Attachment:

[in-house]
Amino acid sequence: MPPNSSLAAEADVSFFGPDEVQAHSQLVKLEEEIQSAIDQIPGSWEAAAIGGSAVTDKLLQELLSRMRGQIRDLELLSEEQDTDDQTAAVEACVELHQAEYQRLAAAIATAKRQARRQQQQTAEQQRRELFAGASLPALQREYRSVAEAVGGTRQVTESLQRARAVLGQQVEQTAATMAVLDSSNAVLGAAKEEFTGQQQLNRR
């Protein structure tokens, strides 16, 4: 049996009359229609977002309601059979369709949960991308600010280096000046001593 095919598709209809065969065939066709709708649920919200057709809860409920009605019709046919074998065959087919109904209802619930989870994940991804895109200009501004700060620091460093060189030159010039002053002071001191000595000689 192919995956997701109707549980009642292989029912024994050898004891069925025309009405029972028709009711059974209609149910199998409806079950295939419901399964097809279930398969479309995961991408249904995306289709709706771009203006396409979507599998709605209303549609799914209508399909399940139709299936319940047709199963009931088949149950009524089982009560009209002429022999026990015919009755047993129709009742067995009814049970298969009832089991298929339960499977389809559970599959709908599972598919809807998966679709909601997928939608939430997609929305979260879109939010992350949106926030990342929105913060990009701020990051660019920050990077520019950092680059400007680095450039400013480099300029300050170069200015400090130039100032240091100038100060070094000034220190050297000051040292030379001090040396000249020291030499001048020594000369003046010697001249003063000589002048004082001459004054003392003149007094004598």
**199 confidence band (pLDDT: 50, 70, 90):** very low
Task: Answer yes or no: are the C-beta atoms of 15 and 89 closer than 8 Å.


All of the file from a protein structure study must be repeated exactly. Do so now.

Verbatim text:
[in-house]
Amino acid sequence: MPPNSSLAAEADVSFFGPDEVQAHSQLVKLEEEIQSAIDQIPGSWEAAAIGGSAVTDKLLQELLSRMRGQIRDLELLSEEQDTDDQTAAVEACVELHQAEYQRLAAAIATAKRQARRQQQQTAEQQRRELFAGASLPALQREYRSVAEAVGGTRQVTESLQRARAVLGQQVEQTAATMAVLDSSNAVLGAAKEEFTGQQQLNRR
């Protein structure tokens, strides 16, 4: 049996009359229609977002309601059979369709949960991308600010280096000046001593 095919598709209809065969065939066709709708649920919200057709809860409920009605019709046919074998065959087919109904209802619930989870994940991804895109200009501004700060620091460093060189030159010039002053002071001191000595000689 192919995956997701109707549980009642292989029912024994050898004891069925025309009405029972028709009711059974209609149910199998409806079950295939419901399964097809279930398969479309995961991408249904995306289709709706771009203006396409979507599998709605209303549609799914209508399909399940139709299936319940047709199963009931088949149950009524089982009560009209002429022999026990015919009755047993129709009742067995009814049970298969009832089991298929339960499977389809559970599959709908599972598919809807998966679709909601997928939608939430997609929305979260879109939010992350949106926030990342929105913060990009701020990051660019920050990077520019950092680059400007680095450039400013480099300029300050170069200015400090130039100032240091100038100060070094000034220190050297000051040292030379001090040396000249020291030499001048020594000369003046010697001249003063000589002048004082001459004054003392003149007094004598």
**199 confidence band (pLDDT: 50, 70, 90):** very low
Task: Answer yes or no: are the C-beta atoms of 15 and 89 closer than 8 Å.